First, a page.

Snow in the Forecast

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I’m not one to obsess about the forecast¹. So when I just happened to check out the latest forecast discussion on NOAA, I was pleasantly surprised. I especially liked this part:

  A MUCH STRONGER SYSTEM WILL IMPACT THE REGION ON FRIDAY FOR 
  THE POTENTIAL FOR HEAVY SNOW IN THE MOUNTAINS AS WELL AS 
  COLDER WEATHER AND LOCALLY WINDY CONDITIONS.
Winter Forecast

7 Day Forecast for Crystal Mountain

Friday looks like our best chance for snow, with the forecast calling for 6-10" up high and about 4-6" down low. With strong west winds, we could pick up a little more than that in places like Green Valley Bowl. Saturday will bring some leftovers and orographic showers with Sunday now offering cold enough temperatures to add a little man made snow to the mix.

Already we have a 8-12" base on the upper mountain, but need quite a bit more to open. It rained lightly yesterday, but not enough to melt what's already in place. However, the rain hopefully helped to rid the growing snowpack of early season facets that could cause avalanche problems down the road.

24 Hour precipitation amounts ending Saturday

24 Hour precipitation amounts ending Saturday

People always ask John, "how much snow do you need to open?" The answer is always, "it depends."

We always welcome a big November storm that deposits two feet of wet snow that compacts into a nice, smooth base. (Miles Clark over a snowbrains.com put out a nice post this week about why the PNW gets so much snow. The pattern mentioned in the article would be very welcome right about now.)

But this year we've had an accumulation of smaller amounts of snow that could add up to enough. Some of the long-term models are showing a low in the Gulf of Alaska, which could usher in those classic November storms we all like to see.

With "summer grooming" and strategic rock picking at Crystal, we try to set ourselves up for needing the least amount of snow possible to open. This could be one of those years where we get enough to open Green Valley, but have to wait for more snow to open the rest of the mountain. Only time will tell.

So start doing your snow dances and rubbing your Ullr pendants. Book that non-refundable trip to Mexico for Thanksgiving and stop washing your socks. We could use all the help we can get up here.

¹ Actually this is a complete lie.

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6 responses »

  1. “People always ask John, “how much snow do you need to open?” The answer is always, “it depends.”” When I first saw the post, I was thinking I’d ask that same question, but you beat me to the punch. Maybe in case this whole ski operations/extreme blogging/author thing doesn’t work out, you’ve got a future in lottery prognostication?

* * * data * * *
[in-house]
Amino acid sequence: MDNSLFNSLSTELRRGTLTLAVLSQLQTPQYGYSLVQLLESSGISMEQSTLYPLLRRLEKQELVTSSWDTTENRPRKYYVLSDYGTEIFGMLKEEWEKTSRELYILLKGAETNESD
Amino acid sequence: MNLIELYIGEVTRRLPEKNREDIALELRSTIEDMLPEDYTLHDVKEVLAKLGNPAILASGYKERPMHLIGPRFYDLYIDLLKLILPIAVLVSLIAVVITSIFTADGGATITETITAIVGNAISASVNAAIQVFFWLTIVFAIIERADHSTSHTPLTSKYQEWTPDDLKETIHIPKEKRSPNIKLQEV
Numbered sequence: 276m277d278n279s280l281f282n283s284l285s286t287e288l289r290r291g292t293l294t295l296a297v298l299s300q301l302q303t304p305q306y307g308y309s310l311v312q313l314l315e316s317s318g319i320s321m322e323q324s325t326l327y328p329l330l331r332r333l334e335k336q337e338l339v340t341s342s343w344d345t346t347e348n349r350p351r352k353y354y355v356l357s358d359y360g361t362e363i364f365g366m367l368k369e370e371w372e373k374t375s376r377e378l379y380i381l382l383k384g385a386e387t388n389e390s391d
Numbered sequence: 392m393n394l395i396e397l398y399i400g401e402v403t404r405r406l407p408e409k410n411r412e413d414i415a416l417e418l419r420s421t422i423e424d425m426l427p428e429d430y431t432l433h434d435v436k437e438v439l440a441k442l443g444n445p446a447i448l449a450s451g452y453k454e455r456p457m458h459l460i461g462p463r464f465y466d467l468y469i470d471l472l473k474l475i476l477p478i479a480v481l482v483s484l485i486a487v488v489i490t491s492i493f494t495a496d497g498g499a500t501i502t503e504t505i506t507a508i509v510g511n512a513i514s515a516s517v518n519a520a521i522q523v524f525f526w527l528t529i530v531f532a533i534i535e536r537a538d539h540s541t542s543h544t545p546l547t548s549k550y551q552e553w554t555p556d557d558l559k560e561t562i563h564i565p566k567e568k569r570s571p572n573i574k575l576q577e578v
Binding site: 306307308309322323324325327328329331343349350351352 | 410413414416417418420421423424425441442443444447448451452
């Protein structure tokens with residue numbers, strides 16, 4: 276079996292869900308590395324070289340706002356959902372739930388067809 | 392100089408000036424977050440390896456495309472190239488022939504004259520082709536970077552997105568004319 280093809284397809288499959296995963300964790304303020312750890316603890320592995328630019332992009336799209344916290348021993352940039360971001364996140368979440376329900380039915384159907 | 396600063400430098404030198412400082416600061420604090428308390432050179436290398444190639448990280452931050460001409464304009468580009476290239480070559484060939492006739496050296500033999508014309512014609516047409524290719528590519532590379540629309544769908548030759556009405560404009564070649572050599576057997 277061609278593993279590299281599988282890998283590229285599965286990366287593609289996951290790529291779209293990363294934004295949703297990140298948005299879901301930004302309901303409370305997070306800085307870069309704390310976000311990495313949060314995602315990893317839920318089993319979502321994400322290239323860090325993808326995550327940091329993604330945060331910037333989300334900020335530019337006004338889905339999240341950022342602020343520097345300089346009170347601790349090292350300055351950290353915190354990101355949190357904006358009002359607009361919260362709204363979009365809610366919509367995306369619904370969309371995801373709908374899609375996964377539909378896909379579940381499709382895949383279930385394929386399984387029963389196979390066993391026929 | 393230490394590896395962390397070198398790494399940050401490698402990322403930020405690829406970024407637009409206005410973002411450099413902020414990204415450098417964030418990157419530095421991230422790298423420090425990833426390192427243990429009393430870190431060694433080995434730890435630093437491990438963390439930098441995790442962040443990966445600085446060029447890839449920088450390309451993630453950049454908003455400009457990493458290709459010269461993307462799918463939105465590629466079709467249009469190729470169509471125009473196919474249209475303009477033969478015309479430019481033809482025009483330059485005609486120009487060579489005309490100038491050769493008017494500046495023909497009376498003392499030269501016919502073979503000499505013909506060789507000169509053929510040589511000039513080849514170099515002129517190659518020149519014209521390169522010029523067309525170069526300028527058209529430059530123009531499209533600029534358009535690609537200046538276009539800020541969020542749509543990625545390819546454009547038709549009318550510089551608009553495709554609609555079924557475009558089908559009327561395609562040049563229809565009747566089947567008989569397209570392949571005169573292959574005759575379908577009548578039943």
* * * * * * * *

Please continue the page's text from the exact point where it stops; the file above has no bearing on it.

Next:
But seriously, I’d be interested in a blog post where you discuss the “it depends” decision from a ski patroller and resort operations perspective. What do you consider, and how does the business aspect work out with regards to ‘too early’ where you might drive away repeat customers and never get a good base for the mountain versus ‘too late’ where you’re turning away income that goes to another mountain? Have there ever been years where you’ve regretted either opening or not opening when you did? Is there an informal discussion between mountains regarding when you’ll open?

    I know I’m full of questions, so thanks in advance for any reply.

    • Great questions Matt. And thanks for the blog post idea. But to answer a few: No. We’ve never regretted opening too early. Even if you have to close down again. Skier compaction is always a good thing. I’ve regretted opening terrain too soon however. I remember one time before we had the Northway chair we decided to open “short north” thinking that everyone would be mellow across the still-rocky scree field that you have to traverse across to get back to the base. But they weren’t mellow, and some skiers came ripping through there like it was deep spring snowpack and barely made it through without splattering in the rocks. They had checked their brains at the gates and ignored the “rocky condition at the bottom” signs. But still. You can’t hold a huge bowl of candy in front of kids and not expect them to eat it.
      Mainly we open as soon as we can. If this storm, for example, brings over a foot of snow I wouldn’t be surprised if we opened up right away. (You heard it here first!).

      • It seems the “Valley only” scenario would be pretty unlikely, no? Wouldn’t the mountain prefer to have a skiable route to the bottom? Coverage gets pretty thin on Gap Road and Frontside gets hammered so fast…

        • Not necessarily. Even if we could just get the valley open, getting tracks in it would help keep it around if (and when, let’s face it) we get rain. Yes, being open top to bottom would be the best case scenario. But “valley only” was a big factor in getting the gondola in the first place. It allows us the flexibility when we get a marginal opening.

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